Student Feature - Maxfield Comstock

By Invited Student Contributor
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I am currently a PhD student studying Computational Science and Engineering (CSE) at the Georgia Institute of Technology, advised by Dr. Elizabeth Cherry. Prior to entering this PhD program, I worked as a software engineer in the healthcare industry. I received my undergraduate degree in Mathematics and Computer Science from Harvey Mudd College.

At the moment, my primary research focus is the study of the dynamics of large starling flocks known as murmurations. These flocks exhibit complex dynamic behavior such as wave propagation, coordinated turns, and consistent geometric patterns of tens of thousands of individuals, although the behavior required for individual birds to create such incredible group dynamics is still not well understood.

Existing flocking models typically aim to reproduce three types of behavior [1]:

  • Cohesion: Birds within a certain distance try to stay together
  • Separation: Birds stay far enough apart to avoid collisions
  • Alignment: Birds try to move in the same direction as the others

Additionally, experimental studies have reported many properties of observed bird flocks which have been used to determine model parameters. [2], [3] While many mathematical models have been able to capture this general behavior, few simulations have been run with the necessary number of birds due to the computational cost of large flock sizes. Additionally, few models have attempted to explain or reproduce murmuration patterns.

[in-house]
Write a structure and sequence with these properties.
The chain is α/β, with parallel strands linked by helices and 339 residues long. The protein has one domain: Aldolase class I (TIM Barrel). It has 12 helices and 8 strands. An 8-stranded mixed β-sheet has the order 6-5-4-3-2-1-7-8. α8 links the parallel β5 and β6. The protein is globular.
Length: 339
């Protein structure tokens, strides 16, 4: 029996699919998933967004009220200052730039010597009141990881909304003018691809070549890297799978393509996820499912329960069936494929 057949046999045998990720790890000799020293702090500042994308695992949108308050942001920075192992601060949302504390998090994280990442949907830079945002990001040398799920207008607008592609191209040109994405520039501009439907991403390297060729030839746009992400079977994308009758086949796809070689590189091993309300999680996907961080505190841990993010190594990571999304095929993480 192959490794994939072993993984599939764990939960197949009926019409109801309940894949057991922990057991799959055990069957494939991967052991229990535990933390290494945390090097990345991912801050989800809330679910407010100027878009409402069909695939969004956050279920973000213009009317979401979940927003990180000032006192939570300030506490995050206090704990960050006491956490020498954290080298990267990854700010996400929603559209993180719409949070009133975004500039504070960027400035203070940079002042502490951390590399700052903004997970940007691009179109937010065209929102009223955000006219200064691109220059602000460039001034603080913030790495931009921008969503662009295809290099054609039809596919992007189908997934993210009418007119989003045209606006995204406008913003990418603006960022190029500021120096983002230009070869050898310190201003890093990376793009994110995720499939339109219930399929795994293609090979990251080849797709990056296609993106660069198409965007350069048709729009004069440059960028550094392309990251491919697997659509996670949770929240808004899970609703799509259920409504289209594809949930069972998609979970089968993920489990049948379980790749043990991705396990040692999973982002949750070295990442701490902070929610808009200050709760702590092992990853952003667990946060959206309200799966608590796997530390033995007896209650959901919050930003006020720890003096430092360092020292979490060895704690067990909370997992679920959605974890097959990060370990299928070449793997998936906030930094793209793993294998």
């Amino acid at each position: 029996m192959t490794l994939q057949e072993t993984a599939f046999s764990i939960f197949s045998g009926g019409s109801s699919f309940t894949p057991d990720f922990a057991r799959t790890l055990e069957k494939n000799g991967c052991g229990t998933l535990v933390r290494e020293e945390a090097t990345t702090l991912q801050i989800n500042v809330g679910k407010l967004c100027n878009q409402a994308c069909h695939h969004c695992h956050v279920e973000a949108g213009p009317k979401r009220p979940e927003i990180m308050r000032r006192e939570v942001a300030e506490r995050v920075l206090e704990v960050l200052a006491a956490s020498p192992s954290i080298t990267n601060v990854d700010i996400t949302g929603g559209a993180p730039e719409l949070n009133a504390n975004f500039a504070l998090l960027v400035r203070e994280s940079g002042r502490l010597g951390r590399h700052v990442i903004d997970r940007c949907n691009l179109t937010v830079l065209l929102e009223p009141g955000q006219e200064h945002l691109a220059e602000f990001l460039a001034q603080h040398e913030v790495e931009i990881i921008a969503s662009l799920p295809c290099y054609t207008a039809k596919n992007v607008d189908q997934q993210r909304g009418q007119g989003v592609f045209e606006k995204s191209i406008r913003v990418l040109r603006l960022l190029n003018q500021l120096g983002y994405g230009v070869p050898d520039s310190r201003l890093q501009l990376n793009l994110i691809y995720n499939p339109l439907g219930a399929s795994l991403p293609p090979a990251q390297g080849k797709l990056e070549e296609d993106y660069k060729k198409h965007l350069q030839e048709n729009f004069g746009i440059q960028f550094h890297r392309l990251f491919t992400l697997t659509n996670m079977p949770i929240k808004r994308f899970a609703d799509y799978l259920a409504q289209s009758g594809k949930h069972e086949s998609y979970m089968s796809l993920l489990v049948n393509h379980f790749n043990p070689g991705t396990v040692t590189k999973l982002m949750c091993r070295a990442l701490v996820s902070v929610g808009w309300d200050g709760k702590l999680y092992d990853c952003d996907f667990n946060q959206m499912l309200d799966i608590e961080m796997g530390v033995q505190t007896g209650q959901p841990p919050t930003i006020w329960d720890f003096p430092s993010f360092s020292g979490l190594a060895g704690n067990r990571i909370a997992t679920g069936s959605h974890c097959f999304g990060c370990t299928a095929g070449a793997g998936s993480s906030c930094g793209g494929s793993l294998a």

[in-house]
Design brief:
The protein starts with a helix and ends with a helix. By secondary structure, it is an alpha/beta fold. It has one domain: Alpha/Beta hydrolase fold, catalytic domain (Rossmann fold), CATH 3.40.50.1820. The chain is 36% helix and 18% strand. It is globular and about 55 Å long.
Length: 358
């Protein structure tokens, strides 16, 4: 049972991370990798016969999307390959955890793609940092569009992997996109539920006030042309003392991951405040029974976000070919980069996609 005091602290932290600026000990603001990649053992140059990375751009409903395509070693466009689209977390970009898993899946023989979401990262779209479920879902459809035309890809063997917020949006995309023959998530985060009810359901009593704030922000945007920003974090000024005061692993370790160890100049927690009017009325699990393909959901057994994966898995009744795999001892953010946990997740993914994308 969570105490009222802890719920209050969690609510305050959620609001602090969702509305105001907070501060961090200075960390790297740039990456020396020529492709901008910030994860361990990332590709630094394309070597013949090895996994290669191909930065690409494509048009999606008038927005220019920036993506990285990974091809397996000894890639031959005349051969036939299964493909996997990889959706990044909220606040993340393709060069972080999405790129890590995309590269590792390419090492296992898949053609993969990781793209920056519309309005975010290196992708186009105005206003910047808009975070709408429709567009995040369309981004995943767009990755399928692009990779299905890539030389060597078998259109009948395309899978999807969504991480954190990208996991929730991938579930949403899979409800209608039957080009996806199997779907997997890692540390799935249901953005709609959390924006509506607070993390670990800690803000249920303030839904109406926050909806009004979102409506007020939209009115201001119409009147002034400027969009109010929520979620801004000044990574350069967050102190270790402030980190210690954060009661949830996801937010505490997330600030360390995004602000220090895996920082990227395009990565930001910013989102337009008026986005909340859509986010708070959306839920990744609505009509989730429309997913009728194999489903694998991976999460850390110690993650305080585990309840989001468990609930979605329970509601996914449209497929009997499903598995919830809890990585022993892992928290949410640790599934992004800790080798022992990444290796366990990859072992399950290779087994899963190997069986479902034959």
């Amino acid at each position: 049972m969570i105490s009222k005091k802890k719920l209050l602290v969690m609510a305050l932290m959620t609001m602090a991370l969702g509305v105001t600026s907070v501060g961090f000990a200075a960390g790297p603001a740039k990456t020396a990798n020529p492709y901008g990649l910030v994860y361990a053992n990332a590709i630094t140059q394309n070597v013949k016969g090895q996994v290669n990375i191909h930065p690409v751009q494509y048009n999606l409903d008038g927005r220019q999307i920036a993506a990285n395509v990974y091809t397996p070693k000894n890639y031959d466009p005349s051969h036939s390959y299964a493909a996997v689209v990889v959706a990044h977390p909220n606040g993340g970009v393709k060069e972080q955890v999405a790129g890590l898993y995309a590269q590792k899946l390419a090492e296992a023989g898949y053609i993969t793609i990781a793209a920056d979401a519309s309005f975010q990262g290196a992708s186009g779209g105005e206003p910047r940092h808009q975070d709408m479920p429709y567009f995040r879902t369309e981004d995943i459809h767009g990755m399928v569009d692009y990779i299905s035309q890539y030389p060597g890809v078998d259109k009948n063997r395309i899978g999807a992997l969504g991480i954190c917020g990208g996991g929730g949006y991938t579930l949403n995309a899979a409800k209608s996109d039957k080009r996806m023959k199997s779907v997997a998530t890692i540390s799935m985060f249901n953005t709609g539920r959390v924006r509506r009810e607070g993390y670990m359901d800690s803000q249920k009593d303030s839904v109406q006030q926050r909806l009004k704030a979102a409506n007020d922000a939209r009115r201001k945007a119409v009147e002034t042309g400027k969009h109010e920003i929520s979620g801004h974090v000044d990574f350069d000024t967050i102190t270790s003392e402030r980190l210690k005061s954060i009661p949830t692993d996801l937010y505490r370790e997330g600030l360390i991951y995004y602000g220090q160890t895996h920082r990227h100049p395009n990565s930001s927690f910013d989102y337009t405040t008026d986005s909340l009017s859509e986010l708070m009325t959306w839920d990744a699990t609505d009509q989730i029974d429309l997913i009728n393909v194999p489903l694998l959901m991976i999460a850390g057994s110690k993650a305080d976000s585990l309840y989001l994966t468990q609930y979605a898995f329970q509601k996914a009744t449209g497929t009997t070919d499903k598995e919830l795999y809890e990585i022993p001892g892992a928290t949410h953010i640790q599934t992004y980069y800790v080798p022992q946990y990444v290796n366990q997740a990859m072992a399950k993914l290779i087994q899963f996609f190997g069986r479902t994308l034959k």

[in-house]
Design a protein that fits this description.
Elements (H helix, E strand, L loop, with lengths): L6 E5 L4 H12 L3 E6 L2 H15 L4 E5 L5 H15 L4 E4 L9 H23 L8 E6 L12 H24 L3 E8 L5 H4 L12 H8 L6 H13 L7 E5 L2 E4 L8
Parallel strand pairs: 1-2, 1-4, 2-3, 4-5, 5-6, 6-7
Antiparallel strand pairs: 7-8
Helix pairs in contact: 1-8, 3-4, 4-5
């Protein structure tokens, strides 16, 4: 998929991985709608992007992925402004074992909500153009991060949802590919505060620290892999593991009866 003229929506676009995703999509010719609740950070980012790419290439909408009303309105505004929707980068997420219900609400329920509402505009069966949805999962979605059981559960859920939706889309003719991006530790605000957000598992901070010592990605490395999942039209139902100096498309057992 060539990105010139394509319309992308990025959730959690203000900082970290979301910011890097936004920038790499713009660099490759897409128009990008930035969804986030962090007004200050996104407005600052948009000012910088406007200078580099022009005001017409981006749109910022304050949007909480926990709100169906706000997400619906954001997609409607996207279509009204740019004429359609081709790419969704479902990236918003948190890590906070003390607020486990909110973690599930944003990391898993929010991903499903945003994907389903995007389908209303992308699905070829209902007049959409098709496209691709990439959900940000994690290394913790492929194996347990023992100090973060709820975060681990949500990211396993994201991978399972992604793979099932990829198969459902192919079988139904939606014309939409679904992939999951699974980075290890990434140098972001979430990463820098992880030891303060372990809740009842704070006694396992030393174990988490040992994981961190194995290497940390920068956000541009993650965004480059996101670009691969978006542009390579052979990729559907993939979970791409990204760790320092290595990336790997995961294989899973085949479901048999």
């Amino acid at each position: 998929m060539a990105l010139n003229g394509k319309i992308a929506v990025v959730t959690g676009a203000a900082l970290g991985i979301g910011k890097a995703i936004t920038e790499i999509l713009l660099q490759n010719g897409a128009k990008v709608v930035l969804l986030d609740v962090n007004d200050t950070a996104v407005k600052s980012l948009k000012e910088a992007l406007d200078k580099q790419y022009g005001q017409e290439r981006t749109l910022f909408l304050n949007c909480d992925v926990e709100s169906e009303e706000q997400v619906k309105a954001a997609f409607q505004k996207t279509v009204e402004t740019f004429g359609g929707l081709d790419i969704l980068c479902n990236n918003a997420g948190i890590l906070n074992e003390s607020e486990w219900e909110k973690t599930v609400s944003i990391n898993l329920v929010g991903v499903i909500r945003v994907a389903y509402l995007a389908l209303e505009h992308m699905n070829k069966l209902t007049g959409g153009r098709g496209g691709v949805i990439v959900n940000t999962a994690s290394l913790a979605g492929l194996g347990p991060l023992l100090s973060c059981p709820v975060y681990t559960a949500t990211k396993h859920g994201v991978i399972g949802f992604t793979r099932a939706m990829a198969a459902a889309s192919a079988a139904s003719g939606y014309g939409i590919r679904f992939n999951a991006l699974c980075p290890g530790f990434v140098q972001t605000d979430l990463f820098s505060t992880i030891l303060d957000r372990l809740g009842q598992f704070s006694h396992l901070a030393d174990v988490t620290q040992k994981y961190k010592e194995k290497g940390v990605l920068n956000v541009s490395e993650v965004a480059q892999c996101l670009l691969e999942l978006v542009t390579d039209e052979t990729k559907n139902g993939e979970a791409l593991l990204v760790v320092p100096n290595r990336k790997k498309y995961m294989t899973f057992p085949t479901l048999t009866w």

To better understand how the actions of individual birds affect flock behavior as a whole, I have implemented a simulation that supports thousands of birds flocking with real-time visualization and interactive parameter tuning. The simulation currently supports several interaction models. Its performance is achieved by taking advantage of the graphics hardware present on all modern computers to perform updates and visualization in parallel using the WebGL graphics library, which allows the simulation to run even on modest hardware in a web browser by simply visiting a website. The use of WebGL for simulations was introduced to me by Abouzar Kaboudian, who demonstrated its effectiveness on a variety of dynamical systems models. [4]

fig1
Figure 1: An example of a small simulated flock. The simulation is in 3D, so birds that appear smaller are
farther away.

The two main flocking models used to describe interactions between birds are a declarative model and a potential function model. In the declarative model, each bird is given its own cost function which it attempts to minimize. [5] Goals such as flying alongside other birds, staying level to the ground, and avoiding collisions are encoded as terms in the cost function, and the birds accelerate at each time step in the way that they predict will minimize this cost function. This model is decentralized, so the birds ignore the effect their actions will have on other birds, which results in a completely parallel optimization step.